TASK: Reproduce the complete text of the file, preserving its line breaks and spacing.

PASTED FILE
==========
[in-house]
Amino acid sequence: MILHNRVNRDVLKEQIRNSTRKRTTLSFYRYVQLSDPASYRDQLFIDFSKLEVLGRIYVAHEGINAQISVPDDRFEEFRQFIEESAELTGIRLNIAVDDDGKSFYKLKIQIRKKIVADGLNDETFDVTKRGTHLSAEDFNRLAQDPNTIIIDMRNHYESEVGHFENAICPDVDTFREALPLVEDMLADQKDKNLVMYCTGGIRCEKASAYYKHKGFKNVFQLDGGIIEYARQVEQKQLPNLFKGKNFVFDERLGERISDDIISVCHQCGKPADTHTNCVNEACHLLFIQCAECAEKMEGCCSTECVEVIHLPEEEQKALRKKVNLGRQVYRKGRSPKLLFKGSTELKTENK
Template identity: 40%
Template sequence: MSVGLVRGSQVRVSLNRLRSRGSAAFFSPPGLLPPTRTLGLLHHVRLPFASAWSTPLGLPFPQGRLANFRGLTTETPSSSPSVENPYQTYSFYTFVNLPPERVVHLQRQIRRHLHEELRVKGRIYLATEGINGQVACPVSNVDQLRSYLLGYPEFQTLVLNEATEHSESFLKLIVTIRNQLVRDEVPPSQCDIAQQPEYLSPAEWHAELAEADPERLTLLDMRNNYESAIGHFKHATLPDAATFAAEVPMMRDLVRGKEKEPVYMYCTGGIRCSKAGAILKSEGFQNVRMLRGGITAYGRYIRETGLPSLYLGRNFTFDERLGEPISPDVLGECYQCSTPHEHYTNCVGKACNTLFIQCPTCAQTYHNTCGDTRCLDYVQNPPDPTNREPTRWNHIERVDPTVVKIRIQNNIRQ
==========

[in-house]
Amino acid sequence: MILHNRVNRDVLKEQIRNSTRKRTTLSFYRYVQLSDPASYRDQLFIDFSKLEVLGRIYVAHEGINAQISVPDDRFEEFRQFIEESAELTGIRLNIAVDDDGKSFYKLKIQIRKKIVADGLNDETFDVTKRGTHLSAEDFNRLAQDPNTIIIDMRNHYESEVGHFENAICPDVDTFREALPLVEDMLADQKDKNLVMYCTGGIRCEKASAYYKHKGFKNVFQLDGGIIEYARQVEQKQLPNLFKGKNFVFDERLGERISDDIISVCHQCGKPADTHTNCVNEACHLLFIQCAECAEKMEGCCSTECVEVIHLPEEEQKALRKKVNLGRQVYRKGRSPKLLFKGSTELKTENK
Template identity: 40%
Template sequence: MSVGLVRGSQVRVSLNRLRSRGSAAFFSPPGLLPPTRTLGLLHHVRLPFASAWSTPLGLPFPQGRLANFRGLTTETPSSSPSVENPYQTYSFYTFVNLPPERVVHLQRQIRRHLHEELRVKGRIYLATEGINGQVACPVSNVDQLRSYLLGYPEFQTLVLNEATEHSESFLKLIVTIRNQLVRDEVPPSQCDIAQQPEYLSPAEWHAELAEADPERLTLLDMRNNYESAIGHFKHATLPDAATFAAEVPMMRDLVRGKEKEPVYMYCTGGIRCSKAGAILKSEGFQNVRMLRGGITAYGRYIRETGLPSLYLGRNFTFDERLGEPISPDVLGECYQCSTPHEHYTNCVGKACNTLFIQCPTCAQTYHNTCGDTRCLDYVQNPPDPTNREPTRWNHIERVDPTVVKIRIQNNIRQ